The NASA Mishap Investigation Board analyzing the June 2,
2001, X-43A mission loss is continuing to meet at NASA’s Langley
Research Center in Hampton, Va., where a model of the X-43A combined
vehicle is undergoing wind tunnel testing. The board plans to
remain at Langley throughout the completion of wind tunnel testing
and data analysis.

The X-43A is intended to be the first scramjet-powered vehicle,
capable of attaining speeds as high as Mach 10. The X-43A mission,
first in a series of three, was lost moments after the X-43A and its
launch vehicle were released from the wing of the B-52 carrier
aircraft. Following booster ignition, the X-43A and its launch
vehicle stack experienced structural failure, deviated from its
flight path, and its flight was deliberately terminated.

The board continues to believe that a single root cause for the X-43A
mishap is unlikely. The Board Chairman, Robert Hughes of the Marshall
Space Flight Center, Huntsville, Ala., said that the investigation
team has put in place many of the pieces to understand the mishap. He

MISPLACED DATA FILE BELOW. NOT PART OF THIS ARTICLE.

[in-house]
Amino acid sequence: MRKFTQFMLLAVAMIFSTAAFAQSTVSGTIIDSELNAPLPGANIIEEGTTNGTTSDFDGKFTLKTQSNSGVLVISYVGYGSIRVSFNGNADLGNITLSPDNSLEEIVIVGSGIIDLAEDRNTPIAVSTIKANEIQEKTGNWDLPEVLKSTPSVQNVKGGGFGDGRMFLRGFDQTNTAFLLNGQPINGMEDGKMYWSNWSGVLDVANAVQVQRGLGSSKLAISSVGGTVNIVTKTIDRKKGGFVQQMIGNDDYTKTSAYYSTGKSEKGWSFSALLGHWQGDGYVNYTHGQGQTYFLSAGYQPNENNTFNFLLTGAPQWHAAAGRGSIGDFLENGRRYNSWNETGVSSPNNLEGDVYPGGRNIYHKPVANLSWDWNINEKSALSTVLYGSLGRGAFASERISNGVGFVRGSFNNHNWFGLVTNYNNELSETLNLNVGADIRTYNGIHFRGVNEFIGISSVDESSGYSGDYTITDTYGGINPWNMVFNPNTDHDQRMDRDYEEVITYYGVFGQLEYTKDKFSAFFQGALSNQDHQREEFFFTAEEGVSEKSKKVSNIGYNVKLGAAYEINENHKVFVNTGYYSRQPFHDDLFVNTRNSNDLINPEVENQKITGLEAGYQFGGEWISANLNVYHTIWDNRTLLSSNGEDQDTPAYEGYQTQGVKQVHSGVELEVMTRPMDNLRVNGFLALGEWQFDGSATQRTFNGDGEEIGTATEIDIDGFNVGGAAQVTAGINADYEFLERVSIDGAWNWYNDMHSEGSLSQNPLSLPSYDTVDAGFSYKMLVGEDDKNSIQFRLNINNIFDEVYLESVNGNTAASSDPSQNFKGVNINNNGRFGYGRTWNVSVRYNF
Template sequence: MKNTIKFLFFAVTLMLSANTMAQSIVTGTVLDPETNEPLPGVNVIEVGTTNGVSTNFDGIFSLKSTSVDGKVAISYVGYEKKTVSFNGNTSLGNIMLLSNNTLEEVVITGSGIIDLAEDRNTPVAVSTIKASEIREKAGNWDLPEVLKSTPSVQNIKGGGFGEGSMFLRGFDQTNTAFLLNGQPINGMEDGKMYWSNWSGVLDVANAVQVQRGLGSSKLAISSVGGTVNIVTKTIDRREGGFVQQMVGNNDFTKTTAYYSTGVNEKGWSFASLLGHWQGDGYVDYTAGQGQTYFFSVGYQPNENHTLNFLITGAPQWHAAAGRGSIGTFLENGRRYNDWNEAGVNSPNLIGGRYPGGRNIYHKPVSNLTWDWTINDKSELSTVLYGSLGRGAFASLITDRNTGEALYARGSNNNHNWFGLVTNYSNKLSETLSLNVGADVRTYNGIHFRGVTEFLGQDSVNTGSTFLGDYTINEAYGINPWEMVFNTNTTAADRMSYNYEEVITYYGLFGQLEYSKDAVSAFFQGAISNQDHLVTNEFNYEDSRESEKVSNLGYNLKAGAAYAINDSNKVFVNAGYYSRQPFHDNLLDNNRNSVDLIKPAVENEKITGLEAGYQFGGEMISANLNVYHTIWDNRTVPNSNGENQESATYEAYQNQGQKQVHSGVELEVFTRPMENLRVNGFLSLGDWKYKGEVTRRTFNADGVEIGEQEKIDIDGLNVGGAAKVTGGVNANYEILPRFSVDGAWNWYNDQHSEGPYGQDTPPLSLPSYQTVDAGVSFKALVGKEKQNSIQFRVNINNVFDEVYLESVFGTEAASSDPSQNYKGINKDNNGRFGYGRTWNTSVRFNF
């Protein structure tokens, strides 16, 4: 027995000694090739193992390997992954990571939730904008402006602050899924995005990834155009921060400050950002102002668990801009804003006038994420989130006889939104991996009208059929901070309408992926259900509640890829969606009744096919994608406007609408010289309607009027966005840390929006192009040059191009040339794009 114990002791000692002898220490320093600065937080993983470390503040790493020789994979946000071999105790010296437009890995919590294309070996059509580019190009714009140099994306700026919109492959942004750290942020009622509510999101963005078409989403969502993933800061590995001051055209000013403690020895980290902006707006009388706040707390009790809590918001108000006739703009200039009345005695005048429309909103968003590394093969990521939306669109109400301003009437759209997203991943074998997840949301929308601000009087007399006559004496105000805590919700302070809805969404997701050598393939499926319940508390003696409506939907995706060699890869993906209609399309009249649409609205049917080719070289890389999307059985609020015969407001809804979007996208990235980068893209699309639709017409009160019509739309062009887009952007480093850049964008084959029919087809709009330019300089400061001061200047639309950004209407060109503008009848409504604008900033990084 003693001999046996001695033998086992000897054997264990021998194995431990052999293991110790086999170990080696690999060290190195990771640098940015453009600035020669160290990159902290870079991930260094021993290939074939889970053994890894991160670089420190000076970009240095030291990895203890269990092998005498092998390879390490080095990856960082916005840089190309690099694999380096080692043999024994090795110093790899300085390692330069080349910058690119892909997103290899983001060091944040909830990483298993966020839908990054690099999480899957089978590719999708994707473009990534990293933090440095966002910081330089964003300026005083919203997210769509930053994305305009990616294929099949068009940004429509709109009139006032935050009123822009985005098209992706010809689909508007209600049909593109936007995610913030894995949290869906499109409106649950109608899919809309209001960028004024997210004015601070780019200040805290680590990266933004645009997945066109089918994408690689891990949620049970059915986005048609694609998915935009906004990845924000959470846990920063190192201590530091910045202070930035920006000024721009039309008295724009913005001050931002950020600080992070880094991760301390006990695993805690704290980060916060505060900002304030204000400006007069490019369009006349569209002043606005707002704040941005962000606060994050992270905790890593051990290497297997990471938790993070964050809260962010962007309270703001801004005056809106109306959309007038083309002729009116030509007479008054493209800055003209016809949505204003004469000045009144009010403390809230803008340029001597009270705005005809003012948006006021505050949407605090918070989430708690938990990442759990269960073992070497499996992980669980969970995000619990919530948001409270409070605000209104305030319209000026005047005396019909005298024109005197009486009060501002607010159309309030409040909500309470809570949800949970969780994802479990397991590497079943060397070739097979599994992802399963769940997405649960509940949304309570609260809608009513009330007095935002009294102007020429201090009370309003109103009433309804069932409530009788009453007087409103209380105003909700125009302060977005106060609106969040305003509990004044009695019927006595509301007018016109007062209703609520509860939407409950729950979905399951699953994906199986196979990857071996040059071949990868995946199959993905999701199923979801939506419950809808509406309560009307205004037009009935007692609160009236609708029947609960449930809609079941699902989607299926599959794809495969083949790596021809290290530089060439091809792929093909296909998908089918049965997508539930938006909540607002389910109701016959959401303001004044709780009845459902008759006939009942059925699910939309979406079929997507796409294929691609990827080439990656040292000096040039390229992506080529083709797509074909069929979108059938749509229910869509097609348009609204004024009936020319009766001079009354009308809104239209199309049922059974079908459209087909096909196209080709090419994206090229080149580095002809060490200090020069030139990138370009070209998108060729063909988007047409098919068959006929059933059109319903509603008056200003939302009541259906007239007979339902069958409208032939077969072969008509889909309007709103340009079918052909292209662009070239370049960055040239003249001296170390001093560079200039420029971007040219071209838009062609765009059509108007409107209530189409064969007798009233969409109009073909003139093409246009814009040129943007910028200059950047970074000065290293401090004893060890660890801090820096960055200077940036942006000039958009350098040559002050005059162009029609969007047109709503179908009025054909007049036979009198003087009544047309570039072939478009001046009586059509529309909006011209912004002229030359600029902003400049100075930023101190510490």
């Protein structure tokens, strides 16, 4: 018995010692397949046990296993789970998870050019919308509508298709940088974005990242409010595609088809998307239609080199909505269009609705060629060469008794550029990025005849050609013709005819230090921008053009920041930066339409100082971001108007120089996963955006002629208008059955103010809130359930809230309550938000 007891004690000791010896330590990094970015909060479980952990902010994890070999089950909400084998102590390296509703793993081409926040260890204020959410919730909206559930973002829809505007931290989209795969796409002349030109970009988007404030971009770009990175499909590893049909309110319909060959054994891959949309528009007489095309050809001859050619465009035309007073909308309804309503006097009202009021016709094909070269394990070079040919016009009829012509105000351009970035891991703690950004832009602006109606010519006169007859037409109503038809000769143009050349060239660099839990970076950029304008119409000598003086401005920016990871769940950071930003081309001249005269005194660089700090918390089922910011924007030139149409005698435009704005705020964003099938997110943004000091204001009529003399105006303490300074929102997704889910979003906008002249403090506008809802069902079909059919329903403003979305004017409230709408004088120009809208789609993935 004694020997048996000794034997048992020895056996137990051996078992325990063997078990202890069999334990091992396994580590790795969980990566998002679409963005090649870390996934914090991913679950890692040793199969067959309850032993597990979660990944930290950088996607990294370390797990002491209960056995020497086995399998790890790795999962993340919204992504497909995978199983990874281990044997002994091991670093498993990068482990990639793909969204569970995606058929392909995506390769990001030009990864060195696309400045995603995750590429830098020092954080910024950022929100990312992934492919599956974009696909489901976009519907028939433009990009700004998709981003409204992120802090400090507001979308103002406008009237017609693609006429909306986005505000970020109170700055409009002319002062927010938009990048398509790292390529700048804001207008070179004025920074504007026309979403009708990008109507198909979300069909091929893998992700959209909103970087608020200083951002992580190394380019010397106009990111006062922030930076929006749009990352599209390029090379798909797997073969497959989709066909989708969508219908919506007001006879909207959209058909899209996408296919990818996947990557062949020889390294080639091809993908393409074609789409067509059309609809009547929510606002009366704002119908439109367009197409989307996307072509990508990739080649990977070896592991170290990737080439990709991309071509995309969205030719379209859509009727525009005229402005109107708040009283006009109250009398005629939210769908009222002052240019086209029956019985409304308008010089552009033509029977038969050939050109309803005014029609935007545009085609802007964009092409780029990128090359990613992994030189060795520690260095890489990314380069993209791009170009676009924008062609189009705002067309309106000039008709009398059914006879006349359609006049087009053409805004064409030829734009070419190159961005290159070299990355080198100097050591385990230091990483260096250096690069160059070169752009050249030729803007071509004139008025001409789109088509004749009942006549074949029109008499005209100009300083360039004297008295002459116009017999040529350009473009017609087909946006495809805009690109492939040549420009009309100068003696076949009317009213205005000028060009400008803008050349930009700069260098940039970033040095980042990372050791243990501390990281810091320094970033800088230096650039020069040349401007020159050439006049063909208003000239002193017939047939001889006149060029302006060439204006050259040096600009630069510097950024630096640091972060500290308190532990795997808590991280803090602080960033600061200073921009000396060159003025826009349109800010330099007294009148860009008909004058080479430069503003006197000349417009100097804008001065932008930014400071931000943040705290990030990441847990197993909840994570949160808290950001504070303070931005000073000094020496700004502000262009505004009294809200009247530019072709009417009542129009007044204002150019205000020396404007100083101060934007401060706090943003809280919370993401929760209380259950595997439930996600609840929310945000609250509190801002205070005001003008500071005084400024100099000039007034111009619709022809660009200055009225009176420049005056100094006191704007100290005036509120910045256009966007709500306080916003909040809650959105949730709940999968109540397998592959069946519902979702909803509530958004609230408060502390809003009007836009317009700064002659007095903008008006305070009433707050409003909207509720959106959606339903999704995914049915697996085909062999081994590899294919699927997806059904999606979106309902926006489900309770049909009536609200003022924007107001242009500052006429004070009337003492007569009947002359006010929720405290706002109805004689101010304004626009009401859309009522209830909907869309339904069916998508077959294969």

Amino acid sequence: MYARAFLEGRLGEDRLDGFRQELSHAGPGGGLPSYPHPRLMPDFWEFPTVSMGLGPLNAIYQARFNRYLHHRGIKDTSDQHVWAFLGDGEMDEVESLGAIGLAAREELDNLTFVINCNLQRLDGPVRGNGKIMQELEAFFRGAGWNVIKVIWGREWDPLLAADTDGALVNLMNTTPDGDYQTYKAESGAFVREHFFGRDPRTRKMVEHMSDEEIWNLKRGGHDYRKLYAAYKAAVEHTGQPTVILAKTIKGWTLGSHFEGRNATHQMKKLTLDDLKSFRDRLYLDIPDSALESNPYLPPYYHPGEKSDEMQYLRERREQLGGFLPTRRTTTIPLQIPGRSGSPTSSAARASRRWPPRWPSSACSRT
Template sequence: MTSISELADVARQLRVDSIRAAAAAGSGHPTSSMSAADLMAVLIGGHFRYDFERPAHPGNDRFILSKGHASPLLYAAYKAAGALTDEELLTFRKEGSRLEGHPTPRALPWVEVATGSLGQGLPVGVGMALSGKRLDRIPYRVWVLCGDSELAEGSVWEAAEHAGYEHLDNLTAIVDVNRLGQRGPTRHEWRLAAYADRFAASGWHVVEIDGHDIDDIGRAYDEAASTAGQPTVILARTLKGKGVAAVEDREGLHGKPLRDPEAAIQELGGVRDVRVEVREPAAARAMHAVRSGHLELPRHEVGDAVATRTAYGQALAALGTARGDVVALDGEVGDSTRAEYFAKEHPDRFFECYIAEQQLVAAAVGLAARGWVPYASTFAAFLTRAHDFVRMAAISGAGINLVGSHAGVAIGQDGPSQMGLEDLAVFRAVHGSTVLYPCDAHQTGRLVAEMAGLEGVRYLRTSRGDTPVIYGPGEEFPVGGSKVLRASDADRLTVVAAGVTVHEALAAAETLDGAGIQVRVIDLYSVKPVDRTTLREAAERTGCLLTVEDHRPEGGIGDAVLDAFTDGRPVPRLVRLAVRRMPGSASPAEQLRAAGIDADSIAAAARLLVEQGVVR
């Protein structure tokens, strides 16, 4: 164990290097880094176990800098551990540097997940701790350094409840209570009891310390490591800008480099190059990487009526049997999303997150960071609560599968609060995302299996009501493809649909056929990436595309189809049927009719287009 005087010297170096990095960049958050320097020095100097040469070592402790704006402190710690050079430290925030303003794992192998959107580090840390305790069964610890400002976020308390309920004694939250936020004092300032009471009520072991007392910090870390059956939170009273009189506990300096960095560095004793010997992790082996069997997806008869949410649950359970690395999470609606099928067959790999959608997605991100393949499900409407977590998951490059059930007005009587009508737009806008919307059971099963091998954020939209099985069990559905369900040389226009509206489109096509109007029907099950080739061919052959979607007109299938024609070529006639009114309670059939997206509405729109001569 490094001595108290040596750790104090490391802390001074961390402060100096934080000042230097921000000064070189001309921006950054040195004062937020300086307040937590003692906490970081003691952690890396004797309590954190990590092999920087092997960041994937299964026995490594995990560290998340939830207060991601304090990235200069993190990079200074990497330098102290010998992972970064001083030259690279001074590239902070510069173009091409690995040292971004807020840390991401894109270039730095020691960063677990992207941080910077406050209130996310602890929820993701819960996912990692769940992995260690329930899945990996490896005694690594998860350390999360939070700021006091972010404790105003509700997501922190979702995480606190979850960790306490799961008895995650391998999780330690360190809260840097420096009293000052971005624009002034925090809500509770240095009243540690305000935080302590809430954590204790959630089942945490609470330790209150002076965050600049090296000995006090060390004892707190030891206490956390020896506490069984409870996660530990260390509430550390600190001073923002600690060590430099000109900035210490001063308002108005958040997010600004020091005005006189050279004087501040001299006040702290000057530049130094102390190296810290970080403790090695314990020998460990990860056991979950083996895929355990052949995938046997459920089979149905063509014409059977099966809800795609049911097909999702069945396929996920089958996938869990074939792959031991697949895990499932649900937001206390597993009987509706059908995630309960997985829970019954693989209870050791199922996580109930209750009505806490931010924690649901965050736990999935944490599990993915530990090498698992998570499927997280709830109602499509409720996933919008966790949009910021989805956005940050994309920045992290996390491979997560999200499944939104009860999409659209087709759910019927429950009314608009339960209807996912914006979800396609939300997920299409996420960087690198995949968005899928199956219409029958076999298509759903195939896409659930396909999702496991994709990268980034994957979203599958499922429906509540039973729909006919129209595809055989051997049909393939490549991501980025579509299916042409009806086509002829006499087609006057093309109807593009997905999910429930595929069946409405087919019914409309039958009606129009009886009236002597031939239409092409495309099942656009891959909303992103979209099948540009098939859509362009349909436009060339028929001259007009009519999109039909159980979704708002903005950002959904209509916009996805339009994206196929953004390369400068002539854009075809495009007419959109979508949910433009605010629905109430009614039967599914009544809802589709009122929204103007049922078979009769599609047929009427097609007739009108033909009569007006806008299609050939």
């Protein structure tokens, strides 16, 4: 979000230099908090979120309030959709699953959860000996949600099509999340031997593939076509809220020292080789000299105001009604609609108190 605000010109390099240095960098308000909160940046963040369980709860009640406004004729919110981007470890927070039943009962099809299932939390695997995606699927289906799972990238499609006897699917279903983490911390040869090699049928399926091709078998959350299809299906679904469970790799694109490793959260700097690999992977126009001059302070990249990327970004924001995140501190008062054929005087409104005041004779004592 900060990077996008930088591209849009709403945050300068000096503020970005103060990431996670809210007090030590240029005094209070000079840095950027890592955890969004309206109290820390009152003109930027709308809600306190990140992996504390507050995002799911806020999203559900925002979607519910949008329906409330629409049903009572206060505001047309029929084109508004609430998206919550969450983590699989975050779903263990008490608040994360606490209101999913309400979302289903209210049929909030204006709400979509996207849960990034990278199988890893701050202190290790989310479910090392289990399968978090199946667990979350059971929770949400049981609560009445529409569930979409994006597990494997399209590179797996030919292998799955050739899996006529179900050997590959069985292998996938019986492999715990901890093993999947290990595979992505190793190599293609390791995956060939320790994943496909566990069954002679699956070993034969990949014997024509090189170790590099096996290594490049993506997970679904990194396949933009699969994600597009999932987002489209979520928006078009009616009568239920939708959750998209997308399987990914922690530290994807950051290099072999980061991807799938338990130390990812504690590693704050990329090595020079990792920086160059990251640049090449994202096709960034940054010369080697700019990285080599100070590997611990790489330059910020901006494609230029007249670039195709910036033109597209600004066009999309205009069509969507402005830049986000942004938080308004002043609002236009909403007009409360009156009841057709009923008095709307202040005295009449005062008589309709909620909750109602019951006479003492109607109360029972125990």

stated that the investigation activities needed to complete the
investigation are linked to the data being developed from wind tunnel
and mechanical testing. Analyses using these data will provide the
final answers.

Langley leads the X-43A program, with flight operations
conducted by Dryden Flight Research Center, Edwards, Calif. The
vehicle contractor team, led by MicroCraft in Tullahoma, Tenn.,
includes The Boeing Co., Seal Beach, Calif.; and GASL, Inc.,
Ronkonkoma, N.Y. The booster is a modified Pegasus launch vehicle
provided by Orbital Sciences Corp., Chandler, Ariz.

Members of the Mishap Investigation Team include NASA representatives
from Dryden, Langley, Marshall, Goddard Space Flight Center,
Maryland, and Kennedy Space Flight Center, Florida, plus contractor